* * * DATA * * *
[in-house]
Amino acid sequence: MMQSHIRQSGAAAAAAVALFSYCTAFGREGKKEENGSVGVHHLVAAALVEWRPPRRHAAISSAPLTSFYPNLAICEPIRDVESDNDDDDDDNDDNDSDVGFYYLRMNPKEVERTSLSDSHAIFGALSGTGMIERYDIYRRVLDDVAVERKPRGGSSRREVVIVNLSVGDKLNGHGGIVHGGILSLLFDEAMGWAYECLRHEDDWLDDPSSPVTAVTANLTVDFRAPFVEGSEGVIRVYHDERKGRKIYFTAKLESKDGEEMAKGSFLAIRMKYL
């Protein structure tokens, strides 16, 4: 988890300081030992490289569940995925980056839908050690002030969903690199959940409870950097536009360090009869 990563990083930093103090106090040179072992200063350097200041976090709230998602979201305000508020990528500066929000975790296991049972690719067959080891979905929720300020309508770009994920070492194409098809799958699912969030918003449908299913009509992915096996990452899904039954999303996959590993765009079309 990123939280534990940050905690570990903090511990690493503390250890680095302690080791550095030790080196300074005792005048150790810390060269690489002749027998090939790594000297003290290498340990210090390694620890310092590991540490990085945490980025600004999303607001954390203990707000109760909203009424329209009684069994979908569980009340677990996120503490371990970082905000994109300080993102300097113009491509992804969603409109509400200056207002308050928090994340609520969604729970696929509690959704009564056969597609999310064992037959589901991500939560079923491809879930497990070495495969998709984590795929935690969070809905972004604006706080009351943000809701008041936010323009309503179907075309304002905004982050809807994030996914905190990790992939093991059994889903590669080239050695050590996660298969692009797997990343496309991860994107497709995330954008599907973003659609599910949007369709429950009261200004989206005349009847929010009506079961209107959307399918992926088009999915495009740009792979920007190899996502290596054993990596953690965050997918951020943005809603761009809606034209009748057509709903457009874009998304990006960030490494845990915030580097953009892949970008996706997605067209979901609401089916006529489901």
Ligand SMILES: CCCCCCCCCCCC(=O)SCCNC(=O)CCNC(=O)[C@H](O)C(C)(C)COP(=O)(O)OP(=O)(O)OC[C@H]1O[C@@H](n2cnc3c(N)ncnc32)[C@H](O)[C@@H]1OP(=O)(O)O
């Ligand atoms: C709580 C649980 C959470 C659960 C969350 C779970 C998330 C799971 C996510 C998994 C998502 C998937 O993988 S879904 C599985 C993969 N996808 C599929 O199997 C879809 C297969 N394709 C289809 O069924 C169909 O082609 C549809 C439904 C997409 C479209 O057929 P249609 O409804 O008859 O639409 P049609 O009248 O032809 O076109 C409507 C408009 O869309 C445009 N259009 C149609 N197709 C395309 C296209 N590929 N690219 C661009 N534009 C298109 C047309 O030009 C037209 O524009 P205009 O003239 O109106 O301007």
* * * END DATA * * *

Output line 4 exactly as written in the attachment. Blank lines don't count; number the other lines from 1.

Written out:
Ligand SMILES: CCCCCCCCCCCC(=O)SCCNC(=O)CCNC(=O)[C@H](O)C(C)(C)COP(=O)(O)OP(=O)(O)OC[C@H]1O[C@@H](n2cnc3c(N)ncnc32)[C@H](O)[C@@H]1OP(=O)(O)O